Dr. des. Nassima Sahraoui
Nassima Sahraoui is a philosopher based in Frankfurt, Germany. She studied Philosophy, Political Sciences and Sociology, as well as a few semester history and art history at Goethe University Frankfurt. She received her doctoral degree in philosophy for a thesis on the notion of dynamis (potentiality, faculty, force).
She was a fellow at the CAS Imaginaria of Force at the University of Hamburg and at the Forschungsinstitut für Philosophie Hannover (fiph), and taught at Goethe University’s Comparative Literature Department as well as at the Institute for Social Work at Baden-Wuerttemberg Cooperative State University. Nassima Sahraoui also served as a coordinator and assistant for the doctoral programme at the University of Art and Design Offenbach and as editor for the S. Fischer publishing house.
Her areas of research are political theory, history of philosophy and philosophy of history, intersections between literature and philosophy, critical theory, and deconstruction. Her publications include essays on Derrida, Benjamin, Heidegger, Arendt, and Aristotle.
Currently, she is publishing her book Dynamis. Eine materialistische Philosophie der Differenz (Bielefeld: Transcript, 2020; forthcoming), in which she deconstructs the notion of dynamis through several steps in the history of philosophy. She is also completing an interdisciplinary book project on Figures of Resistance.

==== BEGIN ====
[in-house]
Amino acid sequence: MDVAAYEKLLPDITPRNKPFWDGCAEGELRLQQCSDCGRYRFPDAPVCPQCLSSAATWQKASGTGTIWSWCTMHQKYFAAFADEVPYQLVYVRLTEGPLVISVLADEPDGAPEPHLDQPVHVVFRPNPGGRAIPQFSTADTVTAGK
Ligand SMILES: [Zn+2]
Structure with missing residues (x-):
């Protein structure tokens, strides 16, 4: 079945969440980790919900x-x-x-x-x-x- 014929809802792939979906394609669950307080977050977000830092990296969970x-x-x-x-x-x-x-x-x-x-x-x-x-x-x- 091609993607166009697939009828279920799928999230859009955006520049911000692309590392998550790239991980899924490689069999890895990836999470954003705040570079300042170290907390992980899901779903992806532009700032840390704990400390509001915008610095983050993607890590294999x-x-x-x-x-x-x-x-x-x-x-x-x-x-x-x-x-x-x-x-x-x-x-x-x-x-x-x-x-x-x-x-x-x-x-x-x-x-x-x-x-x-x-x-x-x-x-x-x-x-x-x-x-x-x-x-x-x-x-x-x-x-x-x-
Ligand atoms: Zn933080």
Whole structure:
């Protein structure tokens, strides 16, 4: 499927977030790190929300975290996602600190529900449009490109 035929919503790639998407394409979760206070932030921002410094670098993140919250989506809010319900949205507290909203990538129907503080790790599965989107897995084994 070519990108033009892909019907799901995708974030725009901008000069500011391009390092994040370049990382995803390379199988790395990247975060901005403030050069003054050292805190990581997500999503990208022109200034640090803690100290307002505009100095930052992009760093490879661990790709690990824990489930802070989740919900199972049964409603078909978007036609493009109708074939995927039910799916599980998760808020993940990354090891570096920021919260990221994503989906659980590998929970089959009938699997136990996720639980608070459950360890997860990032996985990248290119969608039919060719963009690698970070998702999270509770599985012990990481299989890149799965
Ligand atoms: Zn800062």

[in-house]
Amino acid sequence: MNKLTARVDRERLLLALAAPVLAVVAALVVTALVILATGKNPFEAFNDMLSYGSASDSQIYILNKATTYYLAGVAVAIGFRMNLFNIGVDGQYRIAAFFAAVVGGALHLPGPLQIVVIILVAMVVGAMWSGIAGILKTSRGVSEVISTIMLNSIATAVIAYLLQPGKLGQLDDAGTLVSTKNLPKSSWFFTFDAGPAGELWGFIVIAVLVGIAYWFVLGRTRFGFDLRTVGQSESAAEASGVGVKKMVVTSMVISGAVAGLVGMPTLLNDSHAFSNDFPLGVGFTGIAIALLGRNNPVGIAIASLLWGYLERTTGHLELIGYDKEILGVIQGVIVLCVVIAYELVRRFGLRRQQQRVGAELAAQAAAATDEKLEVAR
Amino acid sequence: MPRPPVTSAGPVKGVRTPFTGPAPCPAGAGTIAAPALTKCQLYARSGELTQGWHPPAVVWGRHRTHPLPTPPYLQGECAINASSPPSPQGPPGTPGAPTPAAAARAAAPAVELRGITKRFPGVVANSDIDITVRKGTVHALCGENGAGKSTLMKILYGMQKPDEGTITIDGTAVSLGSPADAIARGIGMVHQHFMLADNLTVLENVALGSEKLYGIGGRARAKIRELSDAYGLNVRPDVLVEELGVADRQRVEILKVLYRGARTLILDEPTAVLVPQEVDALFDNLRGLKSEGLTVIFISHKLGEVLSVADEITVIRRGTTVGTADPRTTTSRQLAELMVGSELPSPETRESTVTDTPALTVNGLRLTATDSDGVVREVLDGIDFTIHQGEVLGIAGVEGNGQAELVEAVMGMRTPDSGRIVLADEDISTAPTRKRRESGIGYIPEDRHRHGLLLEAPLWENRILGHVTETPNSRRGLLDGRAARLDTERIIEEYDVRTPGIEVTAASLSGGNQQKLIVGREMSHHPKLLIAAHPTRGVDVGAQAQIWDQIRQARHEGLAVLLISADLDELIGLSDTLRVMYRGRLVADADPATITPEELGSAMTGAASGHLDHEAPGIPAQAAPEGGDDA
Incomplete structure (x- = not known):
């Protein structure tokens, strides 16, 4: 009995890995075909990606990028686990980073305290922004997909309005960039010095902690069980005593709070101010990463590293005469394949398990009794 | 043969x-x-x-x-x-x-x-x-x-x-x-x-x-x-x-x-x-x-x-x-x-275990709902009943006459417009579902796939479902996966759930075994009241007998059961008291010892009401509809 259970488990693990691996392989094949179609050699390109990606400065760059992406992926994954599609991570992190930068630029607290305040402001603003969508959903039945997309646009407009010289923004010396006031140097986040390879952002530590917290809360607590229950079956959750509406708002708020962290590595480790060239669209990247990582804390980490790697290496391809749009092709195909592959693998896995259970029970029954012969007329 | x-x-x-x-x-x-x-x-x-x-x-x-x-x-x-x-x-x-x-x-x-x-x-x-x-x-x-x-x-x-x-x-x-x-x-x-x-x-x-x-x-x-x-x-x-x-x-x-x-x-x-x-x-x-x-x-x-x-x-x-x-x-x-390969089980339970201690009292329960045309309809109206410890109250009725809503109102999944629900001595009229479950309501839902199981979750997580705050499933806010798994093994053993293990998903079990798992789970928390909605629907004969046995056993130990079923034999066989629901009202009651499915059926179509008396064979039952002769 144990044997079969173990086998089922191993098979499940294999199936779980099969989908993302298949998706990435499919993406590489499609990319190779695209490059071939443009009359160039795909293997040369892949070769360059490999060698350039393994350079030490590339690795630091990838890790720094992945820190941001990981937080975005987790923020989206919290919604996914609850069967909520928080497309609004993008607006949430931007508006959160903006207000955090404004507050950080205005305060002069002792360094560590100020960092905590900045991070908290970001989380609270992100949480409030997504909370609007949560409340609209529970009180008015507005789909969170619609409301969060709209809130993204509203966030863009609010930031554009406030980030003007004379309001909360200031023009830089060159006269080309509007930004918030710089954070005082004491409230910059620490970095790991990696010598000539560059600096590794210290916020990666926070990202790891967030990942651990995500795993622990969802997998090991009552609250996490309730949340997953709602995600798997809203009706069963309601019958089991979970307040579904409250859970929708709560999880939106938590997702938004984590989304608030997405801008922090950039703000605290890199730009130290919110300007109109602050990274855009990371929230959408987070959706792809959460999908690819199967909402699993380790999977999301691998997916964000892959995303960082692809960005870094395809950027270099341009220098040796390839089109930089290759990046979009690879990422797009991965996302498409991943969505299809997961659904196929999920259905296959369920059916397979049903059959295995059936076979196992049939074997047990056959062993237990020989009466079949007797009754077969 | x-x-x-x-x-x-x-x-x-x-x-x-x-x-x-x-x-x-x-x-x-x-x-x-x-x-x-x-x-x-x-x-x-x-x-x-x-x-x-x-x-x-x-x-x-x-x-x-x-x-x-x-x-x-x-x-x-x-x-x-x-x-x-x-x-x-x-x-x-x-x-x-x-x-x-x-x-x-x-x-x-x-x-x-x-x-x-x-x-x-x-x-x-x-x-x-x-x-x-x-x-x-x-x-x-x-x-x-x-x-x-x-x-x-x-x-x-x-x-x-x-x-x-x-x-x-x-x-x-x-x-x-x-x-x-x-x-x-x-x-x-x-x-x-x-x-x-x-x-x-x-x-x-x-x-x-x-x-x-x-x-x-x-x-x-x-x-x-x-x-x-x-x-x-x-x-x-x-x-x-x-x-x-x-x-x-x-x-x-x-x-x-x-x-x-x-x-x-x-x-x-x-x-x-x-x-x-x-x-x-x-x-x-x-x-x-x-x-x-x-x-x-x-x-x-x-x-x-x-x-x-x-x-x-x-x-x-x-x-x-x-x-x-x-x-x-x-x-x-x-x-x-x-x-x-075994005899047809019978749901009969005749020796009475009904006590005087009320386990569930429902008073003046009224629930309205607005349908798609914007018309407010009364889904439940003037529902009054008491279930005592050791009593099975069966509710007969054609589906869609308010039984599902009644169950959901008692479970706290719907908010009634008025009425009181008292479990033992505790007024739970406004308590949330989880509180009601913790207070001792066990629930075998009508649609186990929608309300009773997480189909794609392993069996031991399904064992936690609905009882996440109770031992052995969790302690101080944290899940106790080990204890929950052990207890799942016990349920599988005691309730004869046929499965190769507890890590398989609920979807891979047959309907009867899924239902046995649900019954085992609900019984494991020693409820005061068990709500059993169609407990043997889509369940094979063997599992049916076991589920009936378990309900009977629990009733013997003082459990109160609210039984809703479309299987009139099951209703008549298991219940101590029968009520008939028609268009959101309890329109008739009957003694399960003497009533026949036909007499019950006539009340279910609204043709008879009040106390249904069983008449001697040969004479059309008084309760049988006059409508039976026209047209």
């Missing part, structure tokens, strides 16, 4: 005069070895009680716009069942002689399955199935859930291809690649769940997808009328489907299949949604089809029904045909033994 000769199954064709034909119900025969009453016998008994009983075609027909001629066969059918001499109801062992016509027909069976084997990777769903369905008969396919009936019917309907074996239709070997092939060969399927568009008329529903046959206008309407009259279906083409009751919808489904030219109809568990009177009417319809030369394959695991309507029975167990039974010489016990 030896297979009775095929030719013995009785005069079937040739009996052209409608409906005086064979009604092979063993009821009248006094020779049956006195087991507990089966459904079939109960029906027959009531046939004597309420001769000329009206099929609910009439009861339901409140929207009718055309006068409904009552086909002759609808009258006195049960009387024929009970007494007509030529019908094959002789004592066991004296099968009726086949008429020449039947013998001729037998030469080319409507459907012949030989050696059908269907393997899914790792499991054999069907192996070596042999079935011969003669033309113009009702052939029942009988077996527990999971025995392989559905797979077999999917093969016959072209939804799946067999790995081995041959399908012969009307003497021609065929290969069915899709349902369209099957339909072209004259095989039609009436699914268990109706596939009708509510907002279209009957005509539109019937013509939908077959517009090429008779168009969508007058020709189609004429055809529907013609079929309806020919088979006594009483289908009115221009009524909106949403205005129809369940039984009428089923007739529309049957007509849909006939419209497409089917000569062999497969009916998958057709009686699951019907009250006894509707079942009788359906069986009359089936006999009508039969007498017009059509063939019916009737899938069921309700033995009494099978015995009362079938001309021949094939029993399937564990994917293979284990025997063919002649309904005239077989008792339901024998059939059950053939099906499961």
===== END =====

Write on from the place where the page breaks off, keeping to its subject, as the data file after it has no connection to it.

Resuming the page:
Nassima Sahraoui is founding member of two international workshop series: one on the concept of Violence in Literature and Philosophy and one on Walter Benjamin’s Philosophy. She has cooperated closely with many research institutions and scholars. She is regularly invited to give talks on conferences and symposia all over the globe.
Apart from her work as an academic scholar, Nassima Sahraoui also works as a translator, editor, and moderator.
- Dynamis. Studien zu einer materialistischen Philosophie der Differenz von Aristoteles bis Jacques Derrida, (Bielefeld: Transcript, forthcoming)
- “Wendungen. Zur Destruktion der Destruktion der Philosophie (Heidegger und Benjamin)”, in: Entwendungen. Benjamin und seine Quellen, ed. by Jessica Nitsche, Nadine Werner (Munich: Fink Verlag, 2019).
- Thinking in Constellations. Walter Benjamin in the Humanities, ed. with Caroline Sauter (Newcastle upon Tyne: Cambridge Scholars Publishing, 2018)
- “Über das Verhältnis von Arbeit und Muße. Eine Philosophie der Faulheit”, in: Mut zur Faulheit. Die Arbeit und ihr Schicksal, Philosophicum Lech, vol. 20, ed. by Konrad Paul Liessmann (Vienna: Zsolnay, 2018)
- “A Crystal of Time. (Political) Reflections towards a History of the Now”, in: Anthropology & Materialism. A Journal of Social Research, Special Edition: “Discontinuous Infinities. Walter Benjamin and Philosophy”, ed. by Jan Sieber, Sebastian Truskolaski (March 2017)
- The Present of Deconstruction, ed. with Geoffrey Bennington, Thomas Telios, Felix Trautmann, in: Oxford Literary Review vol. 36/1 (Edinburgh: Edinburgh University Press, 2014)
- Kleine Philosophie der Faulheit, ed. with David Dilmaghani (Frankfurt: S. Fischer, 2012)
Research project: Figures of Resistance: Studies on a New Form of Political Praxis / Dynamis: Studies on a Materialist Philosophy of Differences
Figures of Resistance. Studies on a New Form of Political Praxis (working title)